Drew Barrymore is defending her decision to launch a new season of her syndicated daytime show amid the Writers Guild of America and SAG-AFTRA strikes.
The “Blended” actress, 48, took to Instagram Sunday to make it clear to viewers that she “owns this choice” to premiere Season 4 of “The Drew Barrymore Show” on Sept. 18.
She began the statement by explaining more about her decision to walk away as host of the MTV Movie & TV Awards in May, days after the WGA strike began, as it was in “direct conflict with what the strike was dealing with which was studios, streamers, film, and television.”
“I am also making the choice to come back for the first time in this strike for our show, that may have my name on it but this is bigger than just me,” she wrote. “I own this choice.”
Her message continued, “We are in compliance with not discussing or promoting film and television that is struck of any kind. We launched live in a global pandemic. Our show was built for sensitive times and has only functioned through what the real world is going through in real time.”
She added: “I want to be there to provide what writers do so well, which is a way to bring us together or help us make sense of the human experience. I hope for a resolve for everyone as soon as possible. We have navigated difficult times since we first came on air. And so I take a step forward to start season 4 once again with an astute humility.”
Barrymore’s reps told The Post on Sunday that she has no further comment.
The show is produced and distributed by CBS Media Ventures and shot at the CBS Broadcast Center in Midtown.
A CBS Media Ventures spokesperson told The Post that, “The Drew Barrymore Show will not be performing any writing work covered by the WGA strike.”
“I am so excited to see what Drew has in store for season four,” Wendy McMahon, president and CEO of CBS News and Stations and CBS Media Ventures, said in a statement shared with The Post.
“From launching during the height of the Covid-19 pandemic to successfully pivoting to a groundbreaking half-hour format, this show has demonstrated spectacular resilience and creative agility on its journey to becoming the fastest-growing show in daytime. We couldn’t have a better partner in Drew Barrymore and look forward to bringing our fans and station clients alike new episodes this fall,” she added.
When reached by The Post, the WGA shared a statement shared on its social media.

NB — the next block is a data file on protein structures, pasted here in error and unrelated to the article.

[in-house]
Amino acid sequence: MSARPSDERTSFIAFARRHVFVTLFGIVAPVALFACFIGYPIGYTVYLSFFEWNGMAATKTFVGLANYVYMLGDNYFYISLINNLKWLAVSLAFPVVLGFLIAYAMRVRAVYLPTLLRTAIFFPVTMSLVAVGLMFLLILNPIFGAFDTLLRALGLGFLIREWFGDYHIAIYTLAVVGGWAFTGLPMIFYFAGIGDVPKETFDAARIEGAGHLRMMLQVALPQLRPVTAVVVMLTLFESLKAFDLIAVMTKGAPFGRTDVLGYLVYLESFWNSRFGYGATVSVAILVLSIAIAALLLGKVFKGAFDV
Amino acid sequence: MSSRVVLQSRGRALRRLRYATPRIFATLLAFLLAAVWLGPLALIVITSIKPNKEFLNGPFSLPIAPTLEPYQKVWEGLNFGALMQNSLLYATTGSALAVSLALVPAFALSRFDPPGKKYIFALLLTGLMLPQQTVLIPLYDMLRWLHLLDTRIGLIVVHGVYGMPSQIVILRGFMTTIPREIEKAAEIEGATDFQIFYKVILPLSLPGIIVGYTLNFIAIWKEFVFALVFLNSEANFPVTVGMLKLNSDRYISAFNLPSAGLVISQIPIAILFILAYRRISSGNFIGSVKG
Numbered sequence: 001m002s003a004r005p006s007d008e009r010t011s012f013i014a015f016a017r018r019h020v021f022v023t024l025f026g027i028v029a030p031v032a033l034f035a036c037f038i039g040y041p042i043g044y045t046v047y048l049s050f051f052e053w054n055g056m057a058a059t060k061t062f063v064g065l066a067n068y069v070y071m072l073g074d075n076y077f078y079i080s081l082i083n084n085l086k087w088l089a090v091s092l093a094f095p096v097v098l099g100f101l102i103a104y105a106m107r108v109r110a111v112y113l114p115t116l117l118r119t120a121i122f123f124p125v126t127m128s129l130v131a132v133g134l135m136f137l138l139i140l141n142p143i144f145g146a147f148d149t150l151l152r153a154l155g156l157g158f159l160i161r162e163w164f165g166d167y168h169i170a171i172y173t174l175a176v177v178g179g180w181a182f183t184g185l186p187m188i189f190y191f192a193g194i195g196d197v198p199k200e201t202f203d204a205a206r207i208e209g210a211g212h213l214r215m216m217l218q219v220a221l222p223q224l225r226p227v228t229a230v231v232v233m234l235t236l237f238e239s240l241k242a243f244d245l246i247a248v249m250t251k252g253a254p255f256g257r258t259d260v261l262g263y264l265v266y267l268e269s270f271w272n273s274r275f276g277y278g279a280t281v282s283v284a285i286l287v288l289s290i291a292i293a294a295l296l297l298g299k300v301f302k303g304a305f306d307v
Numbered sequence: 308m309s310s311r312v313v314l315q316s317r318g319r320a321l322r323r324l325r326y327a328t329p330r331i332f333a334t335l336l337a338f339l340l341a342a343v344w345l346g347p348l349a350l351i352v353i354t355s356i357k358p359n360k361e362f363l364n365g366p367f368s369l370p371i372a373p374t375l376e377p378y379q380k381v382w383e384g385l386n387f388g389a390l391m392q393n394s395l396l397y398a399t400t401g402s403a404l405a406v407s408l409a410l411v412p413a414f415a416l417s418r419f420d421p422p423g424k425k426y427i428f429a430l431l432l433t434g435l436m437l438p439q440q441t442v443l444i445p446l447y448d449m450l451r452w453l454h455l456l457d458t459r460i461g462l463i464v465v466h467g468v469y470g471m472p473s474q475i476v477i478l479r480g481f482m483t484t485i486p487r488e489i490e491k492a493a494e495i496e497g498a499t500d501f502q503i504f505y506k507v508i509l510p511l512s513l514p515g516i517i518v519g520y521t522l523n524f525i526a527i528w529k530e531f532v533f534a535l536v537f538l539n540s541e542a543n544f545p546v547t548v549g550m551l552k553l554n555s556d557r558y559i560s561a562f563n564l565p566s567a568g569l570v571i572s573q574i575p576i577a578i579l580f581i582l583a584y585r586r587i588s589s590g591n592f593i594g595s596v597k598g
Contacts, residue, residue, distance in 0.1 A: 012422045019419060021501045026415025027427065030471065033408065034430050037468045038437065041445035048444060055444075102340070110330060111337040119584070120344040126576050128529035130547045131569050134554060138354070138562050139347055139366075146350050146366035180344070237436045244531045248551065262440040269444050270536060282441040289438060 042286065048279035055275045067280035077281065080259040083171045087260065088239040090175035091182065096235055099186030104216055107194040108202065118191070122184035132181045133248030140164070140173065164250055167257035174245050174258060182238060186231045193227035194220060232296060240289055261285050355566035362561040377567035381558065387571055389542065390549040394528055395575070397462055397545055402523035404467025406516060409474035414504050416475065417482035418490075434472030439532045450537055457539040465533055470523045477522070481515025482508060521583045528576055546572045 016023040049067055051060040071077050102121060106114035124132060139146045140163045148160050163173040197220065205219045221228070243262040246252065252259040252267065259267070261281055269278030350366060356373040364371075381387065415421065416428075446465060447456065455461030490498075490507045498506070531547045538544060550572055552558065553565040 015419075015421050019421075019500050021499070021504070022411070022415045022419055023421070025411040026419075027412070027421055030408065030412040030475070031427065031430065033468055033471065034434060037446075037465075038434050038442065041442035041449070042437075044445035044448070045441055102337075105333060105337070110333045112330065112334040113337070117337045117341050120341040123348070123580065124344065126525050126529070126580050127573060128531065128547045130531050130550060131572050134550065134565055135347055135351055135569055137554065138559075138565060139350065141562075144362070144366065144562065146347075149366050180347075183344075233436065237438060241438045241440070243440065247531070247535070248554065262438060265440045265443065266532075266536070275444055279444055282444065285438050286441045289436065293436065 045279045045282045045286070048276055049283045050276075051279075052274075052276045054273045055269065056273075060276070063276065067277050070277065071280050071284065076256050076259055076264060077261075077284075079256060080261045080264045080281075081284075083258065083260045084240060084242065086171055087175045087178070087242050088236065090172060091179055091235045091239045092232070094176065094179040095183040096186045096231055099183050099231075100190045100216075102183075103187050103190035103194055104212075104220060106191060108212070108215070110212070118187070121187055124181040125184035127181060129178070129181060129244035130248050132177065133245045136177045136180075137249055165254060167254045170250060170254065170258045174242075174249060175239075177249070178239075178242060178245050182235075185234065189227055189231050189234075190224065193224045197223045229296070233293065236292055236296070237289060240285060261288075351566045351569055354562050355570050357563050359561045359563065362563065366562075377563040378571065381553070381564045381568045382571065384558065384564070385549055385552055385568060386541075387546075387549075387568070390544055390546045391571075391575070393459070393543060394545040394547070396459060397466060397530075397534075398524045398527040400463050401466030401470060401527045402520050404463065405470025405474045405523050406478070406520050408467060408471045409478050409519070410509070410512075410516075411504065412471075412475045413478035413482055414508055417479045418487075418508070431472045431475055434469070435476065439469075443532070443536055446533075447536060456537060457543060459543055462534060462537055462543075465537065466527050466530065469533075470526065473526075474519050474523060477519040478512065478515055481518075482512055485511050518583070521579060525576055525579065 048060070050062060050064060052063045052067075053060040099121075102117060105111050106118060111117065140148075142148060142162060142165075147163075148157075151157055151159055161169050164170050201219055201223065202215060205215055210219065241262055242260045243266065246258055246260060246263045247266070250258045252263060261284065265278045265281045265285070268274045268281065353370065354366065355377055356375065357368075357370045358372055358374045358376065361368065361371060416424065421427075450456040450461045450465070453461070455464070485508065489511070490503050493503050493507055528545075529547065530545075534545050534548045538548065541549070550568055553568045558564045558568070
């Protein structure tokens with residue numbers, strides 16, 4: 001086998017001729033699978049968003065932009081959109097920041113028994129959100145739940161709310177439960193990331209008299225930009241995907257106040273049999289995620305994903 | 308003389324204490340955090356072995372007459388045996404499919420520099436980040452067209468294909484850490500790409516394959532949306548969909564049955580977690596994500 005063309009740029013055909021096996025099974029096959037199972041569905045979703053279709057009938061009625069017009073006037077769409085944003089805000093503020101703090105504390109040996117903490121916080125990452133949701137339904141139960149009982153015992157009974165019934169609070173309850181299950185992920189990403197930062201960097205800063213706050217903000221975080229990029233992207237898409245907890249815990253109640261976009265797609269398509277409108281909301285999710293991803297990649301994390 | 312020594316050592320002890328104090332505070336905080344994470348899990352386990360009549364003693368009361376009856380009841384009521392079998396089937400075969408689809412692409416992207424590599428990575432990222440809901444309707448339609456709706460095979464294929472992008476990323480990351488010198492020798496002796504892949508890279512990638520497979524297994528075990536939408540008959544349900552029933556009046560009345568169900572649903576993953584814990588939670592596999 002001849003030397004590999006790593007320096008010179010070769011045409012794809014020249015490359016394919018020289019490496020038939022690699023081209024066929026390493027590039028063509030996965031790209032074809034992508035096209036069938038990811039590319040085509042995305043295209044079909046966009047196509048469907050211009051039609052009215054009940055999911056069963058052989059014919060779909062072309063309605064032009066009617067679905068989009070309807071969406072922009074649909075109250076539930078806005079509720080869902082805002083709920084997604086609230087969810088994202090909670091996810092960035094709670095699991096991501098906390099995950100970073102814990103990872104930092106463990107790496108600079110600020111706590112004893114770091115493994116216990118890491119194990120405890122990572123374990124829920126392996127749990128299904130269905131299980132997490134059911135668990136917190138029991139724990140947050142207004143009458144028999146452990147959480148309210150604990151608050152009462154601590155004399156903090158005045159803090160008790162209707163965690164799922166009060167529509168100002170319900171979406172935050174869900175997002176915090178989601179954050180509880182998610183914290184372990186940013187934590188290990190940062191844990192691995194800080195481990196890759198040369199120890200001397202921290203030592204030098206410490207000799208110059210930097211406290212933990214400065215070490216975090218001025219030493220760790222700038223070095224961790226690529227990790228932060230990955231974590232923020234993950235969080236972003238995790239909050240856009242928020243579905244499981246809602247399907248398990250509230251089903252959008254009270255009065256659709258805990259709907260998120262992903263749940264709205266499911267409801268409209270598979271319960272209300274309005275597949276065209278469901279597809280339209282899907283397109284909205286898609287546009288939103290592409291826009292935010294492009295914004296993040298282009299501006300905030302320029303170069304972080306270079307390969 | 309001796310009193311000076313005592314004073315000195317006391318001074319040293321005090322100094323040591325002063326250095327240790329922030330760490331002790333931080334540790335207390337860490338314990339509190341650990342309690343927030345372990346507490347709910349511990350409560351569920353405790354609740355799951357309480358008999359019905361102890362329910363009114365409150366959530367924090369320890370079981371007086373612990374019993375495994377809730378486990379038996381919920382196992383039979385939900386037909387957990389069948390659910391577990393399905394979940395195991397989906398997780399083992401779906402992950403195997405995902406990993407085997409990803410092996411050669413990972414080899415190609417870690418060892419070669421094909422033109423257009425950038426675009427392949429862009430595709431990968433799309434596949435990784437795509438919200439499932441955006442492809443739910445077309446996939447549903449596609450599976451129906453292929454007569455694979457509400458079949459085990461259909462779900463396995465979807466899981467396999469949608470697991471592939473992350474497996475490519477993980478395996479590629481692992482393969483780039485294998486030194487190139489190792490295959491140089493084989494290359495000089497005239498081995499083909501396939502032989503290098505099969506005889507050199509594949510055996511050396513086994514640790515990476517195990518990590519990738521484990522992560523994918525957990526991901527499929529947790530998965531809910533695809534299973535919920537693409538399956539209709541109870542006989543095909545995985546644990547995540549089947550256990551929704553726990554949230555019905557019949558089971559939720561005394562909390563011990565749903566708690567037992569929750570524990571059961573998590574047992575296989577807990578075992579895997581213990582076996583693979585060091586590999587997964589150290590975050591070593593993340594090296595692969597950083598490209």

“The @DrewBarrymoreTV Show is a WGA covered, struck show that is planning to return without its writers,” the Writers Guild of America, East tweeted Sunday.
The WGA East is planning to picket outside the CBS Broadcast Center Monday and Tuesday.
In her statement, Barrymore noted her show wrapped for the summer on April 20, before the strikes began.
Since May 2, Hollywood writers have been striking for higher wages, regulation surrounding artificial intelligence, and better pay from streaming services. The SAG-AFTRA strike began in July.
The guest lineup for Barrymore’s show has not yet been announced — but according to strike guidelines, union members are prohibited from participating in interviews for completed work and making personal appearances.
New seasons of “The View,” “Tamron Hall,” and “Live with Kelly and Mark” also premiered this month.
Barrymore’s show debuted in September 2020 at the height of the coronavirus pandemic.
It delivered “record growth” last season, according to Deadline, which reported a 65% increase in total viewers year to year, making it the fastest growing talk show on television.
The new season of “Jeopardy!,” meanwhile, will premiere Monday. Producers announced last month that Season 40 will proceed a bit differently than usual.
On the “Inside Jeopardy!” podcast, “Jeopardy!” showrunner Michael Davies revealed that the long-running quiz show will use recycled material and feature former contestants because of the strike.
“The material that we’re gonna be using is a combination of material that our WGA writers wrote before the strike, which is still in the database and material that is being redeployed from multiple, multiple seasons of the show,” Davies said.